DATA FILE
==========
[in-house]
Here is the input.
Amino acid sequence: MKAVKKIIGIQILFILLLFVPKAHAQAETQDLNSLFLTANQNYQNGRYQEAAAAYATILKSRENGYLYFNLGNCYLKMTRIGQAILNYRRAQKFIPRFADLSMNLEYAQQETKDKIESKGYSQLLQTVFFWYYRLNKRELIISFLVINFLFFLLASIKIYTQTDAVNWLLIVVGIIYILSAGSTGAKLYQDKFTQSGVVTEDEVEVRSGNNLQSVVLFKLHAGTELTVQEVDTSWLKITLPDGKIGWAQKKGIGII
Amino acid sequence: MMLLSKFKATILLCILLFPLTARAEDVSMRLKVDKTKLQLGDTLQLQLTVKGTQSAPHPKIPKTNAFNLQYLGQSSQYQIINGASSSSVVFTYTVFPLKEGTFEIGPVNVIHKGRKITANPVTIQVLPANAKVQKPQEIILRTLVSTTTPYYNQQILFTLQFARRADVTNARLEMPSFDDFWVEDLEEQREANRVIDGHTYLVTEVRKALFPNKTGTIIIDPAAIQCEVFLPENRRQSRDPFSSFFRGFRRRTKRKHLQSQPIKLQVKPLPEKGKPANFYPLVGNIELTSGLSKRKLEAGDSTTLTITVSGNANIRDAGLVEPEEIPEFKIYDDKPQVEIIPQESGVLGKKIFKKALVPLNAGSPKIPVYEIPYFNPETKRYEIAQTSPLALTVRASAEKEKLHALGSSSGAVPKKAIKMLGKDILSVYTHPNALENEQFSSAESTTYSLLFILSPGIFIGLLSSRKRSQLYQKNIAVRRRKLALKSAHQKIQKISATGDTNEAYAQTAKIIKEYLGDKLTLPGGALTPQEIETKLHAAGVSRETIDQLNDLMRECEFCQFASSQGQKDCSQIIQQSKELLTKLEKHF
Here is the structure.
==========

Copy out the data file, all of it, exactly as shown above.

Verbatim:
[in-house]
Here is the input.
Amino acid sequence: MKAVKKIIGIQILFILLLFVPKAHAQAETQDLNSLFLTANQNYQNGRYQEAAAAYATILKSRENGYLYFNLGNCYLKMTRIGQAILNYRRAQKFIPRFADLSMNLEYAQQETKDKIESKGYSQLLQTVFFWYYRLNKRELIISFLVINFLFFLLASIKIYTQTDAVNWLLIVVGIIYILSAGSTGAKLYQDKFTQSGVVTEDEVEVRSGNNLQSVVLFKLHAGTELTVQEVDTSWLKITLPDGKIGWAQKKGIGII
Amino acid sequence: MMLLSKFKATILLCILLFPLTARAEDVSMRLKVDKTKLQLGDTLQLQLTVKGTQSAPHPKIPKTNAFNLQYLGQSSQYQIINGASSSSVVFTYTVFPLKEGTFEIGPVNVIHKGRKITANPVTIQVLPANAKVQKPQEIILRTLVSTTTPYYNQQILFTLQFARRADVTNARLEMPSFDDFWVEDLEEQREANRVIDGHTYLVTEVRKALFPNKTGTIIIDPAAIQCEVFLPENRRQSRDPFSSFFRGFRRRTKRKHLQSQPIKLQVKPLPEKGKPANFYPLVGNIELTSGLSKRKLEAGDSTTLTITVSGNANIRDAGLVEPEEIPEFKIYDDKPQVEIIPQESGVLGKKIFKKALVPLNAGSPKIPVYEIPYFNPETKRYEIAQTSPLALTVRASAEKEKLHALGSSSGAVPKKAIKMLGKDILSVYTHPNALENEQFSSAESTTYSLLFILSPGIFIGLLSSRKRSQLYQKNIAVRRRKLALKSAHQKIQKISATGDTNEAYAQTAKIIKEYLGDKLTLPGGALTPQEIETKLHAAGVSRETIDQLNDLMRECEFCQFASSQGQKDCSQIIQQSKELLTKLEKHF
Here is the structure.